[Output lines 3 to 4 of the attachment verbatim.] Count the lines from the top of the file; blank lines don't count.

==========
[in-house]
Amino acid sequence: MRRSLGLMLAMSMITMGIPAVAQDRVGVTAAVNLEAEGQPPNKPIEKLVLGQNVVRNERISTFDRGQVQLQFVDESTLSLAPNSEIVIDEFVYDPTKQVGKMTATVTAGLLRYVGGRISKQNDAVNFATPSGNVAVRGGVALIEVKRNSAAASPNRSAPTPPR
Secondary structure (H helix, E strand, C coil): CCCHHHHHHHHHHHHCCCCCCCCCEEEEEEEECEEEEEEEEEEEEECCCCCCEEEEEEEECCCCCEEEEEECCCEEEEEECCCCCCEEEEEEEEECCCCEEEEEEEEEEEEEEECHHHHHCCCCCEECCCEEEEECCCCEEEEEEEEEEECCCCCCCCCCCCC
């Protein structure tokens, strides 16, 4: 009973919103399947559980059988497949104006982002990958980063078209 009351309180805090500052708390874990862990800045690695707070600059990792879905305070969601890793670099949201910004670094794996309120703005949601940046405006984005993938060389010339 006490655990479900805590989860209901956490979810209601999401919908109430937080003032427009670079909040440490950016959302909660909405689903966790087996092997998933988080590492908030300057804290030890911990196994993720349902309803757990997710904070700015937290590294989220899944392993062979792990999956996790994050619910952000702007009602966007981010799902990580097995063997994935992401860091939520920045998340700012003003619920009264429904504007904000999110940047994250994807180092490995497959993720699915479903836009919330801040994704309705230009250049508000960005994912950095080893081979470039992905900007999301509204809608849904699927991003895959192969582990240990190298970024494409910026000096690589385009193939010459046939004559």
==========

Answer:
Secondary structure (H helix, E strand, C coil): CCCHHHHHHHHHHHHCCCCCCCCCEEEEEEEECEEEEEEEEEEEEECCCCCCEEEEEEEECCCCCEEEEEECCCEEEEEECCCCCCEEEEEEEEECCCCEEEEEEEEEEEEEEECHHHHHCCCCCEECCCEEEEECCCCEEEEEEEEEEECCCCCCCCCCCCC
């Protein structure tokens, strides 16, 4: 009973919103399947559980059988497949104006982002990958980063078209 009351309180805090500052708390874990862990800045690695707070600059990792879905305070969601890793670099949201910004670094794996309120703005949601940046405006984005993938060389010339 006490655990479900805590989860209901956490979810209601999401919908109430937080003032427009670079909040440490950016959302909660909405689903966790087996092997998933988080590492908030300057804290030890911990196994993720349902309803757990997710904070700015937290590294989220899944392993062979792990999956996790994050619910952000702007009602966007981010799902990580097995063997994935992401860091939520920045998340700012003003619920009264429904504007904000999110940047994250994807180092490995497959993720699915479903836009919330801040994704309705230009250049508000960005994912950095080893081979470039992905900007999301509204809608849904699927991003895959192969582990240990190298970024494409910026000096690589385009193939010459046939004559």